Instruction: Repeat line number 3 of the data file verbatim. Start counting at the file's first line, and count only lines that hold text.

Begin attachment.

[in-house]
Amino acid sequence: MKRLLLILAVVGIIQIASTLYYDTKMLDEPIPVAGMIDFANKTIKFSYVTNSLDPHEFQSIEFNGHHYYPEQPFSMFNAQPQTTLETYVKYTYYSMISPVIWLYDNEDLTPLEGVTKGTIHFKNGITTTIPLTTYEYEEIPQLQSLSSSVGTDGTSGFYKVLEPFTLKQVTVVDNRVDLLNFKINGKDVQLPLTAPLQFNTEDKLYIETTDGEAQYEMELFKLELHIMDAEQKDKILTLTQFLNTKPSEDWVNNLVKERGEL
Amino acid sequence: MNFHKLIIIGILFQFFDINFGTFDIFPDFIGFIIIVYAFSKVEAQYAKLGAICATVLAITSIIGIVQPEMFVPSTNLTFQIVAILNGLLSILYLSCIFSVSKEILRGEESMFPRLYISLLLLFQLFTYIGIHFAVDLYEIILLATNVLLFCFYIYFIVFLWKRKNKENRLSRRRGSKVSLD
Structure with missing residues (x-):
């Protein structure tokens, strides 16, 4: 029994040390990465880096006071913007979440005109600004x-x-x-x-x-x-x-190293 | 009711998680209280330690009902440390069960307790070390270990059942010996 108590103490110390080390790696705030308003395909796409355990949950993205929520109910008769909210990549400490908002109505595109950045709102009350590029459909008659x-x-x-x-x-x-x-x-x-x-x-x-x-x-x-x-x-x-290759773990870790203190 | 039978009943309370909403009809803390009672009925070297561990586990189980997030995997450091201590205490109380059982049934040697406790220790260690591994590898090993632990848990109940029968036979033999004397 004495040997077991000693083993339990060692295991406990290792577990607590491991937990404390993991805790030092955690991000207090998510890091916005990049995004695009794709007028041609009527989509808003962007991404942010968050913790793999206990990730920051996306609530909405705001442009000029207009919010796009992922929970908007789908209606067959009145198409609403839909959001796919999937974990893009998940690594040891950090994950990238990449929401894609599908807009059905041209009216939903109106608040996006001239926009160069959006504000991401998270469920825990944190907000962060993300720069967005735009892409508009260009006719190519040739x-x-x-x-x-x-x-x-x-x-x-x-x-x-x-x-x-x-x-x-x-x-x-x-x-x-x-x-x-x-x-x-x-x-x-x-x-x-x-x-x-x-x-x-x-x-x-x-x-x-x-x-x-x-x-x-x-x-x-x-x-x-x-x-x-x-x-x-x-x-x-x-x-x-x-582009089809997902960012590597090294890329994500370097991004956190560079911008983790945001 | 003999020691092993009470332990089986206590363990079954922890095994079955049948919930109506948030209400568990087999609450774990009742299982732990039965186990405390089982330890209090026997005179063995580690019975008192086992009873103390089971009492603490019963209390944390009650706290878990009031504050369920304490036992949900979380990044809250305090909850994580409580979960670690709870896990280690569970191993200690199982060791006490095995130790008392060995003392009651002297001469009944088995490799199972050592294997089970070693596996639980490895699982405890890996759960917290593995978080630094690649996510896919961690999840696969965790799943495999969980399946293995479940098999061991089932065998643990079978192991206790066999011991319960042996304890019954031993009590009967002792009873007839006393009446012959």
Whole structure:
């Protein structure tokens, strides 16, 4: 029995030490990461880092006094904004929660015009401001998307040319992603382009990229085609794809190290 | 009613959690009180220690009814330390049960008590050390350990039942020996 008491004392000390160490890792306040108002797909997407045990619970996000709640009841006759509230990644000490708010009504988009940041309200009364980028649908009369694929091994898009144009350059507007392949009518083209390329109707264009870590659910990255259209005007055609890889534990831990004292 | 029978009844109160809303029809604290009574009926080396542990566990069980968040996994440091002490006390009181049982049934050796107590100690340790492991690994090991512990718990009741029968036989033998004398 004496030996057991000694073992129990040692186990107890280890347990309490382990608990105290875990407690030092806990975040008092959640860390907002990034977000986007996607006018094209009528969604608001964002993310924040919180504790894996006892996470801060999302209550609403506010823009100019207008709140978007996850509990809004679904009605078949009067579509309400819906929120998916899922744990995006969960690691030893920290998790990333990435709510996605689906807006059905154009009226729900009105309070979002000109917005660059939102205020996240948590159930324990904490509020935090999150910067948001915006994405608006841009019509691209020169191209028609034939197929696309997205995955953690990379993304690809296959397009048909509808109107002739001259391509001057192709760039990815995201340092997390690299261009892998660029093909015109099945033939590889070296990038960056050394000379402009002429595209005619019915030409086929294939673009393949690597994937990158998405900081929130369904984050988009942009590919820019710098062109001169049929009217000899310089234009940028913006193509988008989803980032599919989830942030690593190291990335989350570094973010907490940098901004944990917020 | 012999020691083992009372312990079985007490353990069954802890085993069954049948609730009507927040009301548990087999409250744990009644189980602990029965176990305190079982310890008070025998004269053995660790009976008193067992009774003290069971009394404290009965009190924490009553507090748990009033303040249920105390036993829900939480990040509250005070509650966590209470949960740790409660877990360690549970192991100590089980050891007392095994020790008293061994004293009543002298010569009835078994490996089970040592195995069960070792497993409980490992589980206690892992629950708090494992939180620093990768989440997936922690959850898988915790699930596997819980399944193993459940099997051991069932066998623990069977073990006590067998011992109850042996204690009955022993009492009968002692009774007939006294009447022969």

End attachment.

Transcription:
Amino acid sequence: MNFHKLIIIGILFQFFDINFGTFDIFPDFIGFIIIVYAFSKVEAQYAKLGAICATVLAITSIIGIVQPEMFVPSTNLTFQIVAILNGLLSILYLSCIFSVSKEILRGEESMFPRLYISLLLLFQLFTYIGIHFAVDLYEIILLATNVLLFCFYIYFIVFLWKRKNKENRLSRRRGSKVSLD